Thinking about swapping two wheels for two hooves on some of your weekly adventures? If you’re a pure cyclist, running might be something you’d only consider doing if you were late for your train… or being chased by something with teeth and claws. When you can zip around on your bike, why would you want to waste time doing something which is slower, harder work and generally doesn’t involve quite as many café stops? You’ve almost got us there…
But adding some running into your routine might actually help to make you a better cyclist. It’s a great way to add some variety, explore new places and maybe even discover a whole new Herd to head out on adventures with! Here’s why we think running is a great idea for cyclists…
Six reasons cyclists should take up running
Improves your fitness and endurance
Running is a great form of cardiovascular exercise to improve your base of aerobic fitness. Put simply, it gets your blood pumping and your lungs working! Running is a full body activity and it’s higher impact than cycling, so it’s likely you’ll notice your heart rate getting up higher than it would do on the bike. And while that might sound like hard work, it’s actually a great way to help strengthen your cardiovascular and respiratory systems. That means you’ll see aerobic fitness gains, which will help to improve your endurance and your ability to push power on the bike.
Enhances core strength, coordination and helps to prevent muscle imbalances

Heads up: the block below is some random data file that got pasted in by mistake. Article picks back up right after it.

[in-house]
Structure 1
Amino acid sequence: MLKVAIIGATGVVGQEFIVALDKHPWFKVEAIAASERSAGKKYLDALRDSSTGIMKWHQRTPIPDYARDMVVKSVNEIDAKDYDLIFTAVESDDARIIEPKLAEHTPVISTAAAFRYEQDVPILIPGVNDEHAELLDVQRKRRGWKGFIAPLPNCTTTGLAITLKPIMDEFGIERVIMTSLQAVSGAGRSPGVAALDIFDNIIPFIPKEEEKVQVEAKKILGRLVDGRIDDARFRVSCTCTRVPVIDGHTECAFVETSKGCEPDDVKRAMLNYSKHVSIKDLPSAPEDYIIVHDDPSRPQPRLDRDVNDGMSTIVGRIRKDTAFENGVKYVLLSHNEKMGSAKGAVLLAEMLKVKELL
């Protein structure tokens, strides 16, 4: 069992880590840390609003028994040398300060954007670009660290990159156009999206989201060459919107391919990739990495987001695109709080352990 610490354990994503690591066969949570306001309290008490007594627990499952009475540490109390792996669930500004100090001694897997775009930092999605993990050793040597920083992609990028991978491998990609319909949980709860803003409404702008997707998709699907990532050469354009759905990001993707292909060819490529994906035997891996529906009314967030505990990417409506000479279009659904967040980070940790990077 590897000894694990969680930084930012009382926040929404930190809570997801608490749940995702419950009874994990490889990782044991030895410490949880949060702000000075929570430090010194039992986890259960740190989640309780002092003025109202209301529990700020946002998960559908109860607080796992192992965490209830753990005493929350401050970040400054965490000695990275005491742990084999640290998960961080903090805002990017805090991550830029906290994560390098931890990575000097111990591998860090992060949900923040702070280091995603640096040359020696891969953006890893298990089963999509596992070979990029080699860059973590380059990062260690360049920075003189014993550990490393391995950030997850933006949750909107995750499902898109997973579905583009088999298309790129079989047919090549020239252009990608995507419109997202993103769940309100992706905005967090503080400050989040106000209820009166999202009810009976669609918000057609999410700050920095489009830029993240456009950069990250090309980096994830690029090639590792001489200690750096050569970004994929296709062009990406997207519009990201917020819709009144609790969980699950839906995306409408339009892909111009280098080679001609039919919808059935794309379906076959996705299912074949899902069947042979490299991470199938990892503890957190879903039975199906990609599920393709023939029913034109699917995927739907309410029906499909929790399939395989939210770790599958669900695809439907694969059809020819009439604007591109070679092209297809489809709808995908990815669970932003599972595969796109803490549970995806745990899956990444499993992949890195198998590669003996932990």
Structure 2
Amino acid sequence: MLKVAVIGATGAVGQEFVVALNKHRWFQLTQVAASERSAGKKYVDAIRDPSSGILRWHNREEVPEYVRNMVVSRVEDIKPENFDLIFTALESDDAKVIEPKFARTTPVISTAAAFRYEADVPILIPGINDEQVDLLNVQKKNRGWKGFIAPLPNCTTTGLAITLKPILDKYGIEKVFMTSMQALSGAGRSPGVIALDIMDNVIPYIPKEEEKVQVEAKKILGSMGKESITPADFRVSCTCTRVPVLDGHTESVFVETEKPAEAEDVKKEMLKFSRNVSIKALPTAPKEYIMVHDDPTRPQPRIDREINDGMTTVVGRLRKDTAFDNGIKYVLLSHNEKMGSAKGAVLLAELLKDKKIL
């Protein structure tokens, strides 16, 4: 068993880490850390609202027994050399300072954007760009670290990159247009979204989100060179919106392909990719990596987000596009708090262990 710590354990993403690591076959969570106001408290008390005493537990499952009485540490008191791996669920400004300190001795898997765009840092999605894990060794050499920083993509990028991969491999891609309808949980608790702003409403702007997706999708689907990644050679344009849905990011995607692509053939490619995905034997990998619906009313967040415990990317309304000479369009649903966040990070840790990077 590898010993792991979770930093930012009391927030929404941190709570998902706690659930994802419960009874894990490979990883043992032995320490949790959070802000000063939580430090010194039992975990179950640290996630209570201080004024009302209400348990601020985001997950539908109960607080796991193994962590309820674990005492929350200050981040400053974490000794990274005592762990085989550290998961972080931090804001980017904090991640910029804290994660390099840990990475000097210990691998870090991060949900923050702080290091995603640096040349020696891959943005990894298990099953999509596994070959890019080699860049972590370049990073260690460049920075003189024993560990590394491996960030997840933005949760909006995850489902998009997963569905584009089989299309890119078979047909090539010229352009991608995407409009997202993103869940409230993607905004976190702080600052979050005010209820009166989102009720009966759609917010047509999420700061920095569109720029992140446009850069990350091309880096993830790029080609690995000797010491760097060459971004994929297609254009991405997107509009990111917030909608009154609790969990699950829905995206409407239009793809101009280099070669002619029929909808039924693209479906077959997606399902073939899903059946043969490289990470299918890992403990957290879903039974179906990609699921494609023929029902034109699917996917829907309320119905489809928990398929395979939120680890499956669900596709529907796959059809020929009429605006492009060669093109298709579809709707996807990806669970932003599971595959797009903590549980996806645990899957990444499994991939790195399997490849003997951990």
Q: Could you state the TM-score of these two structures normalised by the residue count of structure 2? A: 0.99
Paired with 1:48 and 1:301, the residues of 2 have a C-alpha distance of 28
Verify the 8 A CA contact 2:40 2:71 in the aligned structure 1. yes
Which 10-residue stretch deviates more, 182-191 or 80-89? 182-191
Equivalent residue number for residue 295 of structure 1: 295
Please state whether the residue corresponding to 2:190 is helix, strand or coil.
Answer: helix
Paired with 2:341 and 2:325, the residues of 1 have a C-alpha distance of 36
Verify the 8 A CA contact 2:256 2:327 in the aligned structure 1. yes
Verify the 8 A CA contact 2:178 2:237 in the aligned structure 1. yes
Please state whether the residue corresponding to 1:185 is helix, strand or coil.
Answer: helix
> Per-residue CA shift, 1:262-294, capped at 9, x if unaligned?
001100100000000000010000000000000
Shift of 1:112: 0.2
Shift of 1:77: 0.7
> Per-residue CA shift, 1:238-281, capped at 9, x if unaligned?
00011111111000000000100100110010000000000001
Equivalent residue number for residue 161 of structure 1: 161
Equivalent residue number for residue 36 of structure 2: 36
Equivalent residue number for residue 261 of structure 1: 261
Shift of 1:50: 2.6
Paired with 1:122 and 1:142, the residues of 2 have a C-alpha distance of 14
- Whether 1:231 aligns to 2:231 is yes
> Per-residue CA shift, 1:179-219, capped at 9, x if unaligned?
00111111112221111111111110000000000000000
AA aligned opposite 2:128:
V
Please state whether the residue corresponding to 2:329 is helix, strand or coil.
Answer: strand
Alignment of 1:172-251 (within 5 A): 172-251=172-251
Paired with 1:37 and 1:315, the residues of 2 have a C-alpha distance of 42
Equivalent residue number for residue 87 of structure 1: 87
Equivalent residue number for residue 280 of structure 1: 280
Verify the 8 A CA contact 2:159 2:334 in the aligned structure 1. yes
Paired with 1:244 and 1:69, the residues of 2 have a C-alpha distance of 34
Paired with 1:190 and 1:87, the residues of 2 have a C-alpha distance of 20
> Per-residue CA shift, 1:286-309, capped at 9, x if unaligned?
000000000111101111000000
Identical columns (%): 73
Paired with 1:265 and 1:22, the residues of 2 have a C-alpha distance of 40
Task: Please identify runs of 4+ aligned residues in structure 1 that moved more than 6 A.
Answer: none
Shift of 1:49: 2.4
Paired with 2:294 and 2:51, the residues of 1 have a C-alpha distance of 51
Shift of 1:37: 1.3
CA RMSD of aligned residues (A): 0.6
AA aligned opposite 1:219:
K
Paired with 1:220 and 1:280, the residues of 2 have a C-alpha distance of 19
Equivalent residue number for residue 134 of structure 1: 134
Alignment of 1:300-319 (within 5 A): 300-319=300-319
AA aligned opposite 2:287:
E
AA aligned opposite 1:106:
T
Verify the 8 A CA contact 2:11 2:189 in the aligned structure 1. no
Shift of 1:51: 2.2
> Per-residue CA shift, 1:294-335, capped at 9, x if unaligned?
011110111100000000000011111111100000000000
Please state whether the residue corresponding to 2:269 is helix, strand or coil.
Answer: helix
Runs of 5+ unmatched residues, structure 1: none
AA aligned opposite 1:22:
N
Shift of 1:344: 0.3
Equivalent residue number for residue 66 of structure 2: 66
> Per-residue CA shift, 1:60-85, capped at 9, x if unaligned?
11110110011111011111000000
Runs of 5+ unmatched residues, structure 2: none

Running provides your body with a different training stimulus to cycling, getting your muscles to work and adapt in different ways. Particularly if you head out onto the trails, running engages your core muscles and forces you to work on your balance and coordination if you tend to prefer staying upright!
As cyclists, we can often end up with muscle imbalances caused by repetitive use in the same position. Running can help to strengthen muscles such as your glutes and hamstrings which may have been playing second fiddle to your quads while you’re riding. Developing strong, well-balanced muscles and improving your core means once you’re back on the bike you’ll be a more efficient – and therefore faster – rider. Time to dig out those running shorts!
Helps to maintain bone density
Particularly as we get older, maintaining healthy bone density is vital. Our skeleton is what stops us from becoming a bunch of oversized jelly fish, flopping around all over the place… so it makes sense that we want to take care of it. Our bodies need weight-bearing exercise to keep our bones strong. And while cycling has a long list of health benefits – those long days in the saddle also add up to a long time spent in a weight-supported position. A study on cycling and bone health published on BMC Medicine states: “road cycling does not appear to confer any significant osteogenic benefit. The cause of this may be related to spending long hours in a weight-supported position on the bike in combination with the necessary enforced recovery time that involves a large amount of time sitting or lying supine, especially at the competitive level.”